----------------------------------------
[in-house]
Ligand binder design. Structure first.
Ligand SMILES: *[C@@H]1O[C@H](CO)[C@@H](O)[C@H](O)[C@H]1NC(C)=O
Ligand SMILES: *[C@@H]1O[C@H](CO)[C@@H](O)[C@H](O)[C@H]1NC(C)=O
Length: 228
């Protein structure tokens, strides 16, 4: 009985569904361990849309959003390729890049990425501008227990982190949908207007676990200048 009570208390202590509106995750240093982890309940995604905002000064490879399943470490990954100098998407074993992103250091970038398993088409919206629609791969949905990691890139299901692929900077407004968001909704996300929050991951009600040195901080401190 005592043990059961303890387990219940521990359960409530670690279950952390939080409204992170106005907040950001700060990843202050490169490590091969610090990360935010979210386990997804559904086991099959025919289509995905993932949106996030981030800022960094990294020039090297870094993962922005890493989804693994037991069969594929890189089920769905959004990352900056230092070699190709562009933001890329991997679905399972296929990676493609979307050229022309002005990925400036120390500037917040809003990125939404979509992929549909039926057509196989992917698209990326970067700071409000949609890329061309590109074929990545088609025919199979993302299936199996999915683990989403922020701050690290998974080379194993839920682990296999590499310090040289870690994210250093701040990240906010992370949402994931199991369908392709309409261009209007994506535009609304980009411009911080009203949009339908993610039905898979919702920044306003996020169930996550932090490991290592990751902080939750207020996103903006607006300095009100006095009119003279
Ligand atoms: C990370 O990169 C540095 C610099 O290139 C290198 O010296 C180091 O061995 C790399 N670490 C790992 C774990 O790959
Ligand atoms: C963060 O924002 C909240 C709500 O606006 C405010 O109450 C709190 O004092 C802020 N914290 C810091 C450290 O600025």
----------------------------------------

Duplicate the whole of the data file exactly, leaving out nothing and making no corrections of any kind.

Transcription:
[in-house]
Ligand binder design. Structure first.
Ligand SMILES: *[C@@H]1O[C@H](CO)[C@@H](O)[C@H](O)[C@H]1NC(C)=O
Ligand SMILES: *[C@@H]1O[C@H](CO)[C@@H](O)[C@H](O)[C@H]1NC(C)=O
Length: 228
């Protein structure tokens, strides 16, 4: 009985569904361990849309959003390729890049990425501008227990982190949908207007676990200048 009570208390202590509106995750240093982890309940995604905002000064490879399943470490990954100098998407074993992103250091970038398993088409919206629609791969949905990691890139299901692929900077407004968001909704996300929050991951009600040195901080401190 005592043990059961303890387990219940521990359960409530670690279950952390939080409204992170106005907040950001700060990843202050490169490590091969610090990360935010979210386990997804559904086991099959025919289509995905993932949106996030981030800022960094990294020039090297870094993962922005890493989804693994037991069969594929890189089920769905959004990352900056230092070699190709562009933001890329991997679905399972296929990676493609979307050229022309002005990925400036120390500037917040809003990125939404979509992929549909039926057509196989992917698209990326970067700071409000949609890329061309590109074929990545088609025919199979993302299936199996999915683990989403922020701050690290998974080379194993839920682990296999590499310090040289870690994210250093701040990240906010992370949402994931199991369908392709309409261009209007994506535009609304980009411009911080009203949009339908993610039905898979919702920044306003996020169930996550932090490991290592990751902080939750207020996103903006607006300095009100006095009119003279
Ligand atoms: C990370 O990169 C540095 C610099 O290139 C290198 O010296 C180091 O061995 C790399 N670490 C790992 C774990 O790959
Ligand atoms: C963060 O924002 C909240 C709500 O606006 C405010 O109450 C709190 O004092 C802020 N914290 C810091 C450290 O600025």